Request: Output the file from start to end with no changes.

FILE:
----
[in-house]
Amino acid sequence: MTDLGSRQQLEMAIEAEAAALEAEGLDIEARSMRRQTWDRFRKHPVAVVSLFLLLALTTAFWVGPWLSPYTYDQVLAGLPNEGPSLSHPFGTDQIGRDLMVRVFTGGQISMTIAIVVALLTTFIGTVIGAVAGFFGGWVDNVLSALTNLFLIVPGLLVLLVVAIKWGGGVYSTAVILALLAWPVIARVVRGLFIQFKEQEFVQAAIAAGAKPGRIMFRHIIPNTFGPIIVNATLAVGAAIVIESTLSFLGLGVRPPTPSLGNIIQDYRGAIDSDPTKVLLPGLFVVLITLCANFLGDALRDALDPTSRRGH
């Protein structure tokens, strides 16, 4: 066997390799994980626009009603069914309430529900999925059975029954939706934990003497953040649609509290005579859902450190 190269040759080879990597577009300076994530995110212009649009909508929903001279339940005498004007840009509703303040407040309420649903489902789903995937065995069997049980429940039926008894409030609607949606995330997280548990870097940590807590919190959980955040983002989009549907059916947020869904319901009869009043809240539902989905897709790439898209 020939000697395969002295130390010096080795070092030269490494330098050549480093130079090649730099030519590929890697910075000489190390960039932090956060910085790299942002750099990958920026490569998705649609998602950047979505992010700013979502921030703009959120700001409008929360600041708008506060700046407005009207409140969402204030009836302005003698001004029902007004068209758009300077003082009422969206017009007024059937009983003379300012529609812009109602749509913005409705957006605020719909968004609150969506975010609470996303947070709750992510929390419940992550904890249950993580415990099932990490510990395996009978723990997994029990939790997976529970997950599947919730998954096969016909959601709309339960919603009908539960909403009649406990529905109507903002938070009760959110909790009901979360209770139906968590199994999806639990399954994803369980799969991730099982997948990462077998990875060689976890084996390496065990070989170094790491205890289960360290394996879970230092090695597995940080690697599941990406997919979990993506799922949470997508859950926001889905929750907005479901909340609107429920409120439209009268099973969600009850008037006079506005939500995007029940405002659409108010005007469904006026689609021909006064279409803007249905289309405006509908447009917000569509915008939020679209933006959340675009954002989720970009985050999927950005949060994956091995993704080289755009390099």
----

[in-house]
Amino acid sequence: MTDLGSRQQLEMAIEAEAAALEAEGLDIEARSMRRQTWDRFRKHPVAVVSLFLLLALTTAFWVGPWLSPYTYDQVLAGLPNEGPSLSHPFGTDQIGRDLMVRVFTGGQISMTIAIVVALLTTFIGTVIGAVAGFFGGWVDNVLSALTNLFLIVPGLLVLLVVAIKWGGGVYSTAVILALLAWPVIARVVRGLFIQFKEQEFVQAAIAAGAKPGRIMFRHIIPNTFGPIIVNATLAVGAAIVIESTLSFLGLGVRPPTPSLGNIIQDYRGAIDSDPTKVLLPGLFVVLITLCANFLGDALRDALDPTSRRGH
């Protein structure tokens, strides 16, 4: 066997390799994980626009009603069914309430529900999925059975029954939706934990003497953040649609509290005579859902450190 190269040759080879990597577009300076994530995110212009649009909508929903001279339940005498004007840009509703303040407040309420649903489902789903995937065995069997049980429940039926008894409030609607949606995330997280548990870097940590807590919190959980955040983002989009549907059916947020869904319901009869009043809240539902989905897709790439898209 020939000697395969002295130390010096080795070092030269490494330098050549480093130079090649730099030519590929890697910075000489190390960039932090956060910085790299942002750099990958920026490569998705649609998602950047979505992010700013979502921030703009959120700001409008929360600041708008506060700046407005009207409140969402204030009836302005003698001004029902007004068209758009300077003082009422969206017009007024059937009983003379300012529609812009109602749509913005409705957006605020719909968004609150969506975010609470996303947070709750992510929390419940992550904890249950993580415990099932990490510990395996009978723990997994029990939790997976529970997950599947919730998954096969016909959601709309339960919603009908539960909403009649406990529905109507903002938070009760959110909790009901979360209770139906968590199994999806639990399954994803369980799969991730099982997948990462077998990875060689976890084996390496065990070989170094790491205890289960360290394996879970230092090695597995940080690697599941990406997919979990993506799922949470997508859950926001889905929750907005479901909340609107429920409120439209009268099973969600009850008037006079506005939500995007029940405002659409108010005007469904006026689609021909006064279409803007249905289309405006509908447009917000569509915008939020679209933006959340675009954002989720970009985050999927950005949060994956091995993704080289755009390099």